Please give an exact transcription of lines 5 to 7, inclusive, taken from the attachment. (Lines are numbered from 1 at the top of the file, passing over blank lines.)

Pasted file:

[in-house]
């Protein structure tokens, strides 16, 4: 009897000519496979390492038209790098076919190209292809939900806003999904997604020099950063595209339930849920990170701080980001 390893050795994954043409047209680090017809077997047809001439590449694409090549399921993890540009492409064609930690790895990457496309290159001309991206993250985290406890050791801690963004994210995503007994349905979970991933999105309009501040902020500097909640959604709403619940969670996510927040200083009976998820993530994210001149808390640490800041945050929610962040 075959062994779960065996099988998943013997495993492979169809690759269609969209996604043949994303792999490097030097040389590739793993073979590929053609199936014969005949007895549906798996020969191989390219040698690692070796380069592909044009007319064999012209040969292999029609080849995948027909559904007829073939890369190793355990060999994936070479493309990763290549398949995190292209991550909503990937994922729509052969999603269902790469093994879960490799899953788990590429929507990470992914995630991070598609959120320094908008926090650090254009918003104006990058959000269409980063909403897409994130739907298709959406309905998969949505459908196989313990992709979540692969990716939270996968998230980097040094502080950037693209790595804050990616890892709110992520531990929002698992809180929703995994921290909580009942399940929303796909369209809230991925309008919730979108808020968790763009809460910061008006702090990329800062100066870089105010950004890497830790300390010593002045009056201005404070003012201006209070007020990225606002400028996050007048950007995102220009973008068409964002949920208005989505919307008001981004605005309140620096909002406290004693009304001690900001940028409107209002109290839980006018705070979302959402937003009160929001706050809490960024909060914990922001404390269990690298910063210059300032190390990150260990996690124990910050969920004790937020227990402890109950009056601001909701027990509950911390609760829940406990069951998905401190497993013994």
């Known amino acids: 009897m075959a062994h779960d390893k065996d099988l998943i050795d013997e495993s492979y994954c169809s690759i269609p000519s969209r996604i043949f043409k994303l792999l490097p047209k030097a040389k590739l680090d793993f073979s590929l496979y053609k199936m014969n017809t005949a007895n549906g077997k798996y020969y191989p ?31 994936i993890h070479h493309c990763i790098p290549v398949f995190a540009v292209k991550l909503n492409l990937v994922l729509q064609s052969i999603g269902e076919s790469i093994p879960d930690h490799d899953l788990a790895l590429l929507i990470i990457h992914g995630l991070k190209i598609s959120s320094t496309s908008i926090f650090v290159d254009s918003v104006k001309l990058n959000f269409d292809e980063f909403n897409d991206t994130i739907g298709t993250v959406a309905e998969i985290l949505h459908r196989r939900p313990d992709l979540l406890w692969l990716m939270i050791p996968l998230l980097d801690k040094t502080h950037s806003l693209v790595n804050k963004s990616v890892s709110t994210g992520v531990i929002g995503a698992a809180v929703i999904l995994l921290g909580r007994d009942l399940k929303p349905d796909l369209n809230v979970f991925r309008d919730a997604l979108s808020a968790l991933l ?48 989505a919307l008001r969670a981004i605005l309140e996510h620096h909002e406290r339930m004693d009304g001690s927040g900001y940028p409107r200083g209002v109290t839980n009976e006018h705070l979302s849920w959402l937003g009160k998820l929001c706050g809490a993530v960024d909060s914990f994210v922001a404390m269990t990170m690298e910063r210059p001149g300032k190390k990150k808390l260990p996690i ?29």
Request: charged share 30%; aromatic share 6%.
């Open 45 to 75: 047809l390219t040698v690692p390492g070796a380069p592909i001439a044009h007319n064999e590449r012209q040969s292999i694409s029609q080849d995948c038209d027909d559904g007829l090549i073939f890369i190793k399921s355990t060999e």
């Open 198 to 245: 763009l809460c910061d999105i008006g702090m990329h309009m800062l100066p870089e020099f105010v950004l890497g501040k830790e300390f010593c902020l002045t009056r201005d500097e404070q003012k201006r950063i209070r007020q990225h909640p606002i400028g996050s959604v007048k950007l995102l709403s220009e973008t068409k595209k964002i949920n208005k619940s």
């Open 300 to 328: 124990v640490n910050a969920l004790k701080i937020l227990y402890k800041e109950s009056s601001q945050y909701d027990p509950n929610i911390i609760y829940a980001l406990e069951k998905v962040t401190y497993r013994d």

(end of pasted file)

């Open 45 to 75: 047809l390219t040698v690692p390492g070796a380069p592909i001439a044009h007319n064999e590449r012209q040969s292999i694409s029609q080849d995948c038209d027909d559904g007829l090549i073939f890369i190793k399921s355990t060999e």
């Open 198 to 245: 763009l809460c910061d999105i008006g702090m990329h309009m800062l100066p870089e020099f105010v950004l890497g501040k830790e300390f010593c902020l002045t009056r201005d500097e404070q003012k201006r950063i209070r007020q990225h909640p606002i400028g996050s959604v007048k950007l995102l709403s220009e973008t068409k595209k964002i949920n208005k619940s």
């Open 300 to 328: 124990v640490n910050a969920l004790k701080i937020l227990y402890k800041e109950s009056s601001q945050y909701d027990p509950n929610i911390i609760y829940a980001l406990e069951k998905v962040t401190y497993r013994d």